Other CNET editors in our anecdotal fit testing complained about the lower part of the loop pressing uncomfortably against the ridge on the lower, inside portion of the ear (the anti-tragus, for all you "Gray's Anatomy" readers). However, this reviewer didn't experience this, and found that the earphones live up to their billing as being comfortable, with an appropriately secure fit.
As for additional features, the C5 headphones come with an iPhone-compatible cable that allows you to make and end phone calls. The remote also allows you to control volume as well as jump tracks forward and back by double- or triple-clicking on the call answer/end button, while the integrated in-line mic and remote are designed for use with iOS devices (iPhone, iPad, and iPod Touch), it also works with Android smartphones. The caveat is that you won't be able to control the volume unless you download a third-party music player. Note: if you have an older iPhone such as the 3G, you also lose the ability to skip tracks forward and back.
A few words about that carrying pouch: it works fine, we have our gripes--its quilted, half-moon design gives off a strange fashionista vibe, and we ended up using a simple pouch that came with another set of earphones instead. Not a deal breaker, and your mileage may vary.
We tend to prefer earphones that carry a neutral, balanced sound and work well with all kinds of music, and the C5s are right up our alley. What's nice about them is you get rich, detailed, natural sound that delivers deep bass without over accentuating the low-end like some competing earphones.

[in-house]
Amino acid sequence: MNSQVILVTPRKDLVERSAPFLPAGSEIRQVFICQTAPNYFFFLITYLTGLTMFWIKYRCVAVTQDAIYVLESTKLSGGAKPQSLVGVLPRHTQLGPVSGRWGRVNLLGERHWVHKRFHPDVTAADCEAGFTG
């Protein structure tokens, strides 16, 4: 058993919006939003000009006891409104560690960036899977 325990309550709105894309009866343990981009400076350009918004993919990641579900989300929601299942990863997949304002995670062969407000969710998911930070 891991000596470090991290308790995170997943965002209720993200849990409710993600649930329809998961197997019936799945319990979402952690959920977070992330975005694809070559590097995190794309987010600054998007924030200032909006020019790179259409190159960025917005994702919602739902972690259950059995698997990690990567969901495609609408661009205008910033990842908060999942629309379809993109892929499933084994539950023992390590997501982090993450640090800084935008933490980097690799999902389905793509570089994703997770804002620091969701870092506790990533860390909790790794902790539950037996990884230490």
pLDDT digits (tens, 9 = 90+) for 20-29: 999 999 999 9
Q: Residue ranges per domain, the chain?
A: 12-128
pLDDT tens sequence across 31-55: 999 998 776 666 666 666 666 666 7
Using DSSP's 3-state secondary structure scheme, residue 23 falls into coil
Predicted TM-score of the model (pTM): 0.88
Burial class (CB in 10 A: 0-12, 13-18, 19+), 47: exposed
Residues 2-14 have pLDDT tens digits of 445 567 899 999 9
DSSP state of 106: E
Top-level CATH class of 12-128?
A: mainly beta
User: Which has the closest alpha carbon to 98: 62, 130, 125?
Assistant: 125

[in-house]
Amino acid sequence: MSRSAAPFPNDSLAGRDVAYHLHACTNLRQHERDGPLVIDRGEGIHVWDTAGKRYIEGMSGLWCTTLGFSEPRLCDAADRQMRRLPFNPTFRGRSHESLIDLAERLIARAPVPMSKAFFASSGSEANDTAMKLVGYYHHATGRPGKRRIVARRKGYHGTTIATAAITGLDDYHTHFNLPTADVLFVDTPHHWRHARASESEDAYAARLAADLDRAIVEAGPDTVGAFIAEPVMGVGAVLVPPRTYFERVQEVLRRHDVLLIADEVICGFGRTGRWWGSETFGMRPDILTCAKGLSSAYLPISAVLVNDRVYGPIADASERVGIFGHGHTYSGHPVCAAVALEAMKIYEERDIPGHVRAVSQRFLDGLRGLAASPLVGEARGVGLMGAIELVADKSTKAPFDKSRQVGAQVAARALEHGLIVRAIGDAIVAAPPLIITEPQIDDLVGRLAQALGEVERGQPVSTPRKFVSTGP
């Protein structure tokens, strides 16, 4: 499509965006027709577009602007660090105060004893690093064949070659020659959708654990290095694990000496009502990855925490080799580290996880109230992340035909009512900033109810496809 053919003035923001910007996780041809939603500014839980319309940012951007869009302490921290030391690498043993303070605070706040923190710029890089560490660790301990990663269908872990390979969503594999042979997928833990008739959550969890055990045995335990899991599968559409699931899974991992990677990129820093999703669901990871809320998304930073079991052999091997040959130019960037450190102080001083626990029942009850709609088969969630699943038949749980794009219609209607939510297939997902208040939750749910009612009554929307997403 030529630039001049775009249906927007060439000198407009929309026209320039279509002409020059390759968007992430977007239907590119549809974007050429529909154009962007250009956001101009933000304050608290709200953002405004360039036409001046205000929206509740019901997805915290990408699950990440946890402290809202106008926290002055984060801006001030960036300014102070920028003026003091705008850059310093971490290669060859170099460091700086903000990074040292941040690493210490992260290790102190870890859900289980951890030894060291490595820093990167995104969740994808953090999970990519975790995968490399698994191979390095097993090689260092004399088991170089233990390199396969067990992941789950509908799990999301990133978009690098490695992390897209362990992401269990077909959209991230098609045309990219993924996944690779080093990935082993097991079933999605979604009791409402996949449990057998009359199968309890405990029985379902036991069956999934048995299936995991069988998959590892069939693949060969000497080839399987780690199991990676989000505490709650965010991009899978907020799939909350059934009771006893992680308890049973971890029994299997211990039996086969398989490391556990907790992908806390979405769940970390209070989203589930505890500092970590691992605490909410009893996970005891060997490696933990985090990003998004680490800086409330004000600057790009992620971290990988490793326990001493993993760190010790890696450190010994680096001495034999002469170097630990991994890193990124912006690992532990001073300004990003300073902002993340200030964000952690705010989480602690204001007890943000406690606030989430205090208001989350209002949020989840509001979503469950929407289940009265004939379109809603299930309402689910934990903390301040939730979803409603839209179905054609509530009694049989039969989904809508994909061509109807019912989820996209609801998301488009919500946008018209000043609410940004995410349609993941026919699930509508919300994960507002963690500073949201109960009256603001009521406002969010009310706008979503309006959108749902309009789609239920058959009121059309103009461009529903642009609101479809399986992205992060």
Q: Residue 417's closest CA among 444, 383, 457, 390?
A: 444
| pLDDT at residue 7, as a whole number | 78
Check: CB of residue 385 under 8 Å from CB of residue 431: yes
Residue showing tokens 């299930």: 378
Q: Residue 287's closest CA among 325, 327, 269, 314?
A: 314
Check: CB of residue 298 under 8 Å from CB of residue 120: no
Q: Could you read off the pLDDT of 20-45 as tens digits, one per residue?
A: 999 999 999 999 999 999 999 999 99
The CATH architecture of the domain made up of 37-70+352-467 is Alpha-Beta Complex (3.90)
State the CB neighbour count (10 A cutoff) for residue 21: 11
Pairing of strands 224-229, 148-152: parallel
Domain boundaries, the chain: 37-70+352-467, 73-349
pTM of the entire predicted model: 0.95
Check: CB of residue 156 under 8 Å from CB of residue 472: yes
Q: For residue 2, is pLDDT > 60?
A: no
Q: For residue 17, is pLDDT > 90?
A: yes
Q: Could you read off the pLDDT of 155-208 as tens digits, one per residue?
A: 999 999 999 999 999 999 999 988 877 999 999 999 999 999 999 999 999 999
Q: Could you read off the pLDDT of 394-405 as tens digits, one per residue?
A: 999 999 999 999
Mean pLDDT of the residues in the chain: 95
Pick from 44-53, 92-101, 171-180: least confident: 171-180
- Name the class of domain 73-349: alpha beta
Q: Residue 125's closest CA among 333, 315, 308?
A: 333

One of the attributes of good headphones is that the sound doesn't seem stuck inside your head and feels more "open." These guys flaunt that open sound, and as CNET contributor Steve Guttenberg said, "they sound more like full-size headphones." He, too, noted their clear, clean sound, and said the C5s "revealed the 'spatial ambiance' on DJ Krush's 'Jaku' and Eno's 'On Land' albums" and "easily resolved quiet details, like the bells and reverberation cues on those two recordings."
Etymotic is another headphone manufacturer known for offering "neutral" or natural-sounding earphones and we compared the C5s to Etymotic's HF5 ($149) in-ears. Overall, the C5s are a bit more aggressive in their tones, with more detail and sizzle, while the Etymotics are more laid back. While we preferred the sound on the C5s, we also found it easier to get a seal with HF5s. The C5s are just a little more finicky in that regard.
As far as making calls with these earphones go, it works quite well--no complaints there. With a tight seal, you block out a lot of sound; people didn't seem to have a problem hearing us through the integrated mic, even when we were talking on the streets of New York where there's a lot of traffic noise.
One warning: This product bears the Made for iPod/iPhone/iPad stamp and the inline remote is designed for use only with Apple's iOS devices. In testing it with an Android smartphone, for example, the volume control on the remote did not work.
As you can tell from our review, we really like the detailed, rich sound of the C5s and our only hesitation from unequivocally recommending these earphones is the potential fit issues some people may experience.
With three different sized eartips to choose from, you should be able to get a tight seal from one set, and most users shouldn't have a problem with the Secure Loop design. But ears come in all different shapes and sizes, which is why we have to temper our praise and say that the Bowers & Wilkins C5s are wonderfully designed earphones with excellent sound quality--but they may not be perfect for everybody.